Trading Places is a light romp geared up by the schtick shifted by Dan Aykroyd and Eddie Murphy. Happily, it’s a pleasure to report also that even those two popular young comics couldn’t have brought this one off without the contributions of three veterans – Ralph Bellamy, Don Ameche and the droll Englishman, Denholm Elliott.
Aykroyd plays a stuffy young financial wizard who runs a Philadelphia commodities house for two continually scheming brothers, Bellamy and Ameche.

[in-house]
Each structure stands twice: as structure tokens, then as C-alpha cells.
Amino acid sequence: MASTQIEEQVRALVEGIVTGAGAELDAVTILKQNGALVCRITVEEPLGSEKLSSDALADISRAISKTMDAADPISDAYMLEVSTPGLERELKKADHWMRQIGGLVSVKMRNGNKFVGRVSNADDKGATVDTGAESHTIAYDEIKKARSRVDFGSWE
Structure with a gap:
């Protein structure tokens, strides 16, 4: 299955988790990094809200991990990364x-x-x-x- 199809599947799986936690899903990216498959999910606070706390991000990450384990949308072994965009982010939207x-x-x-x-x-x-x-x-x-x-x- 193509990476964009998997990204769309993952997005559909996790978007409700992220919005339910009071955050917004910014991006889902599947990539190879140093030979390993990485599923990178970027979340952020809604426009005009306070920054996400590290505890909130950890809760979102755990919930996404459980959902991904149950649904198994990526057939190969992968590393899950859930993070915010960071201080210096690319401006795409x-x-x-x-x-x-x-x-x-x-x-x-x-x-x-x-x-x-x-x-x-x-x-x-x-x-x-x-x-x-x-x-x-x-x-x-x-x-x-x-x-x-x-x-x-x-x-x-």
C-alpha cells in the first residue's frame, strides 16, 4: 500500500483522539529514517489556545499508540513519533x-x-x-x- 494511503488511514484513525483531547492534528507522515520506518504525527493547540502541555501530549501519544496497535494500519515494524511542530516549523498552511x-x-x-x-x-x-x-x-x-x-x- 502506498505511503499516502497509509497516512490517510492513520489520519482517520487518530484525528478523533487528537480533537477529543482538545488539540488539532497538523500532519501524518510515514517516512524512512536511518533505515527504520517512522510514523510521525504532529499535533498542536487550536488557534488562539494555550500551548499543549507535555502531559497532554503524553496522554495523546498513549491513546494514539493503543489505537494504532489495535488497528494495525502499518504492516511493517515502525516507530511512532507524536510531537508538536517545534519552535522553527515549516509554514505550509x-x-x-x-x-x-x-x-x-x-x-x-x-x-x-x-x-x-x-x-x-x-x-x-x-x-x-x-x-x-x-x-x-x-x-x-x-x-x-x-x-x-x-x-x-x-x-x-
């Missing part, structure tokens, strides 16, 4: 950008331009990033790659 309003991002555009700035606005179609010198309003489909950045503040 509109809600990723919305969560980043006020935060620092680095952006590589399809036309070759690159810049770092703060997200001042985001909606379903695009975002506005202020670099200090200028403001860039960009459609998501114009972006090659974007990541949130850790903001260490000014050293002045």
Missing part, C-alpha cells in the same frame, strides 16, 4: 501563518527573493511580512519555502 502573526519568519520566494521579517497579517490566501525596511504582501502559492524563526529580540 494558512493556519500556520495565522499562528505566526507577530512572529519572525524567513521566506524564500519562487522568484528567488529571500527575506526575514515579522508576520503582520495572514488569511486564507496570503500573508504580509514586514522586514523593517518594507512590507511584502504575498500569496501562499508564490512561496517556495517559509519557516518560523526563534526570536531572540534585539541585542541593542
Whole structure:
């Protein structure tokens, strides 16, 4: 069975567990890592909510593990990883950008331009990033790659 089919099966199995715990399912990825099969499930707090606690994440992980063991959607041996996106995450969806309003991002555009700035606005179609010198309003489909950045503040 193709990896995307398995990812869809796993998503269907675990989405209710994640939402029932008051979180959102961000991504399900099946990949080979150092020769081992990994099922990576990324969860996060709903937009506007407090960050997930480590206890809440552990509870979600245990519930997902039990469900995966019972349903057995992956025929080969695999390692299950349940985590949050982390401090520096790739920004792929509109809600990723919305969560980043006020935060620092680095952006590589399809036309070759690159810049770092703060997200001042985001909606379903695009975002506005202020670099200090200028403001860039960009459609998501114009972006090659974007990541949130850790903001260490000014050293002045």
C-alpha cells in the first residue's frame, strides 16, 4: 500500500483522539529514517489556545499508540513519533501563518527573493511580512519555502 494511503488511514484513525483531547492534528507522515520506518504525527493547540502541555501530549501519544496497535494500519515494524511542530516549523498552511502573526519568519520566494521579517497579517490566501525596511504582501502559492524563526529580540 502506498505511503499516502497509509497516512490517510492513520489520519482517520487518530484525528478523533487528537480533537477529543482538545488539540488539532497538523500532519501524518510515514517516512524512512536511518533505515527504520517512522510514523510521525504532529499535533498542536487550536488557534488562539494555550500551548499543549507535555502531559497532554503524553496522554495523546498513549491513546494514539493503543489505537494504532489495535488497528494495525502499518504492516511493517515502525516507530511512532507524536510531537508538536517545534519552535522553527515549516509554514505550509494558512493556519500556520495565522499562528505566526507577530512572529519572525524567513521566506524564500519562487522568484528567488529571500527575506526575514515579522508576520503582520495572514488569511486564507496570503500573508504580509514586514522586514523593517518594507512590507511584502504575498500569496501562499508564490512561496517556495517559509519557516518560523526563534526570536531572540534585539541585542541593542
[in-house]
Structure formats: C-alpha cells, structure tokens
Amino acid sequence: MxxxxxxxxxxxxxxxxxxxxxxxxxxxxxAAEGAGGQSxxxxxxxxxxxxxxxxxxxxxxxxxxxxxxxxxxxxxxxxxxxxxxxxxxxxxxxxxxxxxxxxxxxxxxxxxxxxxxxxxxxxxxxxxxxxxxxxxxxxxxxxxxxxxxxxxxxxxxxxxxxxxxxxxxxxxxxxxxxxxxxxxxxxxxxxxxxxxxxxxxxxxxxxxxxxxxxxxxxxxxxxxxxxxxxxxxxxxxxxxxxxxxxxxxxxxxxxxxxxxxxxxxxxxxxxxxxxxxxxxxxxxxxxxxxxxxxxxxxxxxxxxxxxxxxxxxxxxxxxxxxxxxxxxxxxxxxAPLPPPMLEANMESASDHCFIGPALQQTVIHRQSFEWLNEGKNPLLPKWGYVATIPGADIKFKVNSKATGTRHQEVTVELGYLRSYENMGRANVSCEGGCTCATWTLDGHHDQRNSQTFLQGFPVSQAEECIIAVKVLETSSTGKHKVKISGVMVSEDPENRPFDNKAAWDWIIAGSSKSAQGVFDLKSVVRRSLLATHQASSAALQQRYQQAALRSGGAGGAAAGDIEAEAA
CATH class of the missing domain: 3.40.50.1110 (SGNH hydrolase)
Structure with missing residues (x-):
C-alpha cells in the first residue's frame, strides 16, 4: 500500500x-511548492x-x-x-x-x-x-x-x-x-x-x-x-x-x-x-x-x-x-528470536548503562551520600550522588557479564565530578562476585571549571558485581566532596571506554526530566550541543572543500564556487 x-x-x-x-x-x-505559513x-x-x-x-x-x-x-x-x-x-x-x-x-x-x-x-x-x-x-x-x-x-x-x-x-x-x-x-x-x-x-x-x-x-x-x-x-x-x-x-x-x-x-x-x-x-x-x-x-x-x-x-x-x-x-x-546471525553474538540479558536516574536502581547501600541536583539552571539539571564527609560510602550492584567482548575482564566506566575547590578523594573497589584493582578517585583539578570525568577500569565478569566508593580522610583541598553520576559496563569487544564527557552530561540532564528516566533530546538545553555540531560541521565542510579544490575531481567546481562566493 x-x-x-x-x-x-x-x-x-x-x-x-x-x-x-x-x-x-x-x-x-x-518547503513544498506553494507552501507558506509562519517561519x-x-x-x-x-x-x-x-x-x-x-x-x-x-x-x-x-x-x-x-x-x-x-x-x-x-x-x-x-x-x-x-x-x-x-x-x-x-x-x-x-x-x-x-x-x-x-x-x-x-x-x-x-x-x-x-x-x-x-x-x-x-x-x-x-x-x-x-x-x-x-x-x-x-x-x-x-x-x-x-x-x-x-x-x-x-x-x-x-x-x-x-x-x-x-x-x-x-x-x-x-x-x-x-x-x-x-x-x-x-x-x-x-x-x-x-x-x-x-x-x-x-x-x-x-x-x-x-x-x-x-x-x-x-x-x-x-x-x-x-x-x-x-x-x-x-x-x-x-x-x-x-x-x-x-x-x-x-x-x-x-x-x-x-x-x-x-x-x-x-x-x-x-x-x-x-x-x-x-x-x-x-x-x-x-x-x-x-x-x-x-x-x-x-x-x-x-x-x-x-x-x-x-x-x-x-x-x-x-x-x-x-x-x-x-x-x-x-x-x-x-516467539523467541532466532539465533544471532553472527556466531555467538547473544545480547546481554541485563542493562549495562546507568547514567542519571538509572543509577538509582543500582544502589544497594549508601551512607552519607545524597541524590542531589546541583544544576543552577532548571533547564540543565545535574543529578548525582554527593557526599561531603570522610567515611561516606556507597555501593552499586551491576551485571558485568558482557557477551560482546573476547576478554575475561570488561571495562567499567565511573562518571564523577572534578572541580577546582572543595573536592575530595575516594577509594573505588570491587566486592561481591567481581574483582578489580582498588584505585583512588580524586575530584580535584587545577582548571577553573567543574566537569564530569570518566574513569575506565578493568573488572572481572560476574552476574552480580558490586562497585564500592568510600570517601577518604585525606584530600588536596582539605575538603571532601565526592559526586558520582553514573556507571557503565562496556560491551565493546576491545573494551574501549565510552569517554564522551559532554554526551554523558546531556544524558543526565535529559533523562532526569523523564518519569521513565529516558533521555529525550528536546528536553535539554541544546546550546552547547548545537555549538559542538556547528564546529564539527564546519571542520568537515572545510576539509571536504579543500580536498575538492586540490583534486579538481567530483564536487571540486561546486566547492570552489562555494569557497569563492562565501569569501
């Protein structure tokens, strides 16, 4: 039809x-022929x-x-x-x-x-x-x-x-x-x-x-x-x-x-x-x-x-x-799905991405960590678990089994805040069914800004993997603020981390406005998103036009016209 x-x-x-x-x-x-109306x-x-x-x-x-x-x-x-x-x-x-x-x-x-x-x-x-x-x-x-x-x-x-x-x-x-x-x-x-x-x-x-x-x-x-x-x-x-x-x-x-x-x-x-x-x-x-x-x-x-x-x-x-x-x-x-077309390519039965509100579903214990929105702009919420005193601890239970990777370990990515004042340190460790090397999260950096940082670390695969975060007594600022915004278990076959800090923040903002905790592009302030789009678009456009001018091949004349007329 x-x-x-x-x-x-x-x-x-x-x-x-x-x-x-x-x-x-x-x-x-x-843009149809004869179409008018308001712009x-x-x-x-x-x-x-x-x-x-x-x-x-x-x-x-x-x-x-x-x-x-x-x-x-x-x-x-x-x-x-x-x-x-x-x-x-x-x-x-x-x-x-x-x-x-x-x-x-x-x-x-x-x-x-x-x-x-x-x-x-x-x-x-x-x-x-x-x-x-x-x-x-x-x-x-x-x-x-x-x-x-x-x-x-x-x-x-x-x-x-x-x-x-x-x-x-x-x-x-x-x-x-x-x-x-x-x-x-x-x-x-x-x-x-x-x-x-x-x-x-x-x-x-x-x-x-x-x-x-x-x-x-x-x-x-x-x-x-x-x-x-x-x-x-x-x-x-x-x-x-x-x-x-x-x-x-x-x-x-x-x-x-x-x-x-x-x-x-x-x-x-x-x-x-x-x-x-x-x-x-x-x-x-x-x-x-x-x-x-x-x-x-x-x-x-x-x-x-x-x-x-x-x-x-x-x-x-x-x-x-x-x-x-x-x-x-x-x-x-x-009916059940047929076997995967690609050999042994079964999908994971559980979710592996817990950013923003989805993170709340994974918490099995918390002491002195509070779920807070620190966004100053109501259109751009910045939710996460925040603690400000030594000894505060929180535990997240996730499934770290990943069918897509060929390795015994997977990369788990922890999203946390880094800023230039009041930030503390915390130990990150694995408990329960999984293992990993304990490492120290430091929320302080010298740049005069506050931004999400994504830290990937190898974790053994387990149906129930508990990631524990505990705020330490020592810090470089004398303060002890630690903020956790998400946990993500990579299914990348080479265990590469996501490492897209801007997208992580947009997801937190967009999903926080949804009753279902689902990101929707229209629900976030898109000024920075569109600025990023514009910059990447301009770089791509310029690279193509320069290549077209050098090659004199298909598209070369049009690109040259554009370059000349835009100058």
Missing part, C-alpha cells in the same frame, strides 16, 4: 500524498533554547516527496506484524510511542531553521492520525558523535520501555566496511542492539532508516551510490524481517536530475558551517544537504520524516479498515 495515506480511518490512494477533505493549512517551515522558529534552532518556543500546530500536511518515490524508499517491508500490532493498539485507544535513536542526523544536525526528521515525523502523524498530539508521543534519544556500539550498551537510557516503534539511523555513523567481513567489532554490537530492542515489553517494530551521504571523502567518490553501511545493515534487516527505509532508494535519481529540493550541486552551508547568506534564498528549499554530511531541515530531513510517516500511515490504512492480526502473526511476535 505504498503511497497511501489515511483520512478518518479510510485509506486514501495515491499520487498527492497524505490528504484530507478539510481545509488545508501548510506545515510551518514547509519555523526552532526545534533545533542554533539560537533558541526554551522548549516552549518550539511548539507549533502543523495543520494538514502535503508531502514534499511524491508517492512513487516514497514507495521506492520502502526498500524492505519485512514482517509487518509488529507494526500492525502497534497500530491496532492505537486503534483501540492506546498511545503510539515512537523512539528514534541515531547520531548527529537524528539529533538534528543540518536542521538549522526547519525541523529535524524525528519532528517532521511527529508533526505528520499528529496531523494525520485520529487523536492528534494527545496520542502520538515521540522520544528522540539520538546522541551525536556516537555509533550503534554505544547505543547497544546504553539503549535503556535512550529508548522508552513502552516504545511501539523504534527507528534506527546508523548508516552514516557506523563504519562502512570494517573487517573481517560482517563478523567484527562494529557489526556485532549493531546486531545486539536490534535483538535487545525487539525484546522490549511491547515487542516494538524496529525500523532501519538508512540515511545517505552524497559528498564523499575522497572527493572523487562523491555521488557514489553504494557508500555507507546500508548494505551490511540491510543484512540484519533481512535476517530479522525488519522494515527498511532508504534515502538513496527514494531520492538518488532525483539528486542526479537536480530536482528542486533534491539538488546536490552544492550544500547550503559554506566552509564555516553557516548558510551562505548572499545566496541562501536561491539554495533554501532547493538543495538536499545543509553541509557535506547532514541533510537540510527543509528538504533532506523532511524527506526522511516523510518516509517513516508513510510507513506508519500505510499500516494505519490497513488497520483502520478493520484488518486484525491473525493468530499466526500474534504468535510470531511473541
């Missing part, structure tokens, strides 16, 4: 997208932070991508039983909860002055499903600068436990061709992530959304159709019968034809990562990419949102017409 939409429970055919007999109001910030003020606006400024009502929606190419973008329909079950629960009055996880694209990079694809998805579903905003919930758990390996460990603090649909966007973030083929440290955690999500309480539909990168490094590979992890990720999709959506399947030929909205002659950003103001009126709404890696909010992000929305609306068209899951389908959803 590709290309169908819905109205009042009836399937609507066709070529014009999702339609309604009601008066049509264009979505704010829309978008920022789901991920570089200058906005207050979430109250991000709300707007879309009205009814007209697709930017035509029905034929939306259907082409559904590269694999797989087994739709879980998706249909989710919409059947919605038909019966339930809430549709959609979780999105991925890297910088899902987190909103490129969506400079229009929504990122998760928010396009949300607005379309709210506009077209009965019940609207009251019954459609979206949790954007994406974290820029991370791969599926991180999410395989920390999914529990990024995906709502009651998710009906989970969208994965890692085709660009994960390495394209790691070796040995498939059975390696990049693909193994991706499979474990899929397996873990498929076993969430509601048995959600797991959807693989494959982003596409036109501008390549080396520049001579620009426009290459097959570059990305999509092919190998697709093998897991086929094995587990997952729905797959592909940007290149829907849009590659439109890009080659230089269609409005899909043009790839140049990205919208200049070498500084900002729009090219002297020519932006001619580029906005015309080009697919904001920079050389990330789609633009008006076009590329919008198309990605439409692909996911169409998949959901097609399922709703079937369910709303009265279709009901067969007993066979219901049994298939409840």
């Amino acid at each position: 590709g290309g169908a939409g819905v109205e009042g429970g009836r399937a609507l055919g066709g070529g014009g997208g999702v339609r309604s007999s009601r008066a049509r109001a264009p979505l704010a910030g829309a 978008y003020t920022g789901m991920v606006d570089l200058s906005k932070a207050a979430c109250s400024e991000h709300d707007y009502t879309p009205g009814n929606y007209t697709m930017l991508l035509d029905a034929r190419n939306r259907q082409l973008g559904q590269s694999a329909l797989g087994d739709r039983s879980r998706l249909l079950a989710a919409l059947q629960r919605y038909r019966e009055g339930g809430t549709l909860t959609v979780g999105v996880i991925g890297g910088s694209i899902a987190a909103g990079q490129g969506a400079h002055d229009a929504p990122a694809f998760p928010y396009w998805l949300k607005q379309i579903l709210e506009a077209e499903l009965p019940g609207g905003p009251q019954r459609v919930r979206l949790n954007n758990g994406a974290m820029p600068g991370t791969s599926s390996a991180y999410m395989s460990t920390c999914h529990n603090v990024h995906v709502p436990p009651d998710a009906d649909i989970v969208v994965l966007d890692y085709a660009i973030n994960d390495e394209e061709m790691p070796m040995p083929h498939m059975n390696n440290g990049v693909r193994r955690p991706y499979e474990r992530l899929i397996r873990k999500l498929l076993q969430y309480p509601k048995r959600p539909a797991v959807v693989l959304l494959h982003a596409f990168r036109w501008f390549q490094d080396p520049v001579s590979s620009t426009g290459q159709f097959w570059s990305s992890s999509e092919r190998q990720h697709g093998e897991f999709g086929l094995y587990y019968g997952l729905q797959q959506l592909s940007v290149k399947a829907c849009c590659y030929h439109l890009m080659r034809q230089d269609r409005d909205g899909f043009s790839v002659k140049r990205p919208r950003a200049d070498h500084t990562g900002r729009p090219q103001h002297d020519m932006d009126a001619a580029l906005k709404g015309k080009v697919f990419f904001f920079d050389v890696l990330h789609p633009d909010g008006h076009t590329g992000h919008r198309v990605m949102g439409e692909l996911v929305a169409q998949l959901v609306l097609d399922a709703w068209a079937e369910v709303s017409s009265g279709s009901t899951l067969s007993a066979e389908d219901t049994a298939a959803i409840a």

Conversely, Murphy has grown up in the streets and lives on the con, including posing as a blind, legless veteran begging outside Aykroyd’s private club.
On a whim motivated by disagreement over the importance of environment vs breeding, Bellamy bets Ameche that Murphy could run the complex commodities business just as well as Aykroyd, given the chance. Conversely, according to the bet, Aykroyd would resort to crime and violence if suddenly all friends and finances were stripped away from him.
So their scheme proceeds and both Aykroyd and Murphy are in top form reacting to their new situations.
The only cost, however, is a mid-section stretch without laughs, still made enjoyable by the presence of Jamie Lee Curtis as a good-hearted hooker who befriends Aykroyd.
1983: Nomination: Best Adapted Score